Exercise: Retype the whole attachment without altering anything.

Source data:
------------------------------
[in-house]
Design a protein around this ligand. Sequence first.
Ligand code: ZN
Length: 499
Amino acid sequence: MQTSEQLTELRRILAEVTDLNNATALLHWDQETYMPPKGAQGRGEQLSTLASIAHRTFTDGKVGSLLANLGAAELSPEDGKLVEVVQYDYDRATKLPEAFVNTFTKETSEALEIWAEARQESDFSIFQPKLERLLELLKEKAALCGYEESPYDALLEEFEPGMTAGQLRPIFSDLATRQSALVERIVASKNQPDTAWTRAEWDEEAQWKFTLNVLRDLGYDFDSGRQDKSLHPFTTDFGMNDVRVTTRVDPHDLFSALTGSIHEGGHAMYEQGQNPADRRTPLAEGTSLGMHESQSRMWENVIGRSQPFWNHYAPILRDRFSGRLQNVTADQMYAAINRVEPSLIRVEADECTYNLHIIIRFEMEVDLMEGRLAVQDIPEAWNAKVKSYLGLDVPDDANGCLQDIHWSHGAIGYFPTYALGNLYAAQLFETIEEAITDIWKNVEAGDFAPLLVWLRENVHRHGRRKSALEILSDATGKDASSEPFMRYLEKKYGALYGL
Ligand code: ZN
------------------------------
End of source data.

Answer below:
[in-house]
Design a protein around this ligand. Sequence first.
Ligand code: ZN
Length: 499
Amino acid sequence: MQTSEQLTELRRILAEVTDLNNATALLHWDQETYMPPKGAQGRGEQLSTLASIAHRTFTDGKVGSLLANLGAAELSPEDGKLVEVVQYDYDRATKLPEAFVNTFTKETSEALEIWAEARQESDFSIFQPKLERLLELLKEKAALCGYEESPYDALLEEFEPGMTAGQLRPIFSDLATRQSALVERIVASKNQPDTAWTRAEWDEEAQWKFTLNVLRDLGYDFDSGRQDKSLHPFTTDFGMNDVRVTTRVDPHDLFSALTGSIHEGGHAMYEQGQNPADRRTPLAEGTSLGMHESQSRMWENVIGRSQPFWNHYAPILRDRFSGRLQNVTADQMYAAINRVEPSLIRVEADECTYNLHIIIRFEMEVDLMEGRLAVQDIPEAWNAKVKSYLGLDVPDDANGCLQDIHWSHGAIGYFPTYALGNLYAAQLFETIEEAITDIWKNVEAGDFAPLLVWLRENVHRHGRRKSALEILSDATGKDASSEPFMRYLEKKYGALYGL
Ligand code: ZN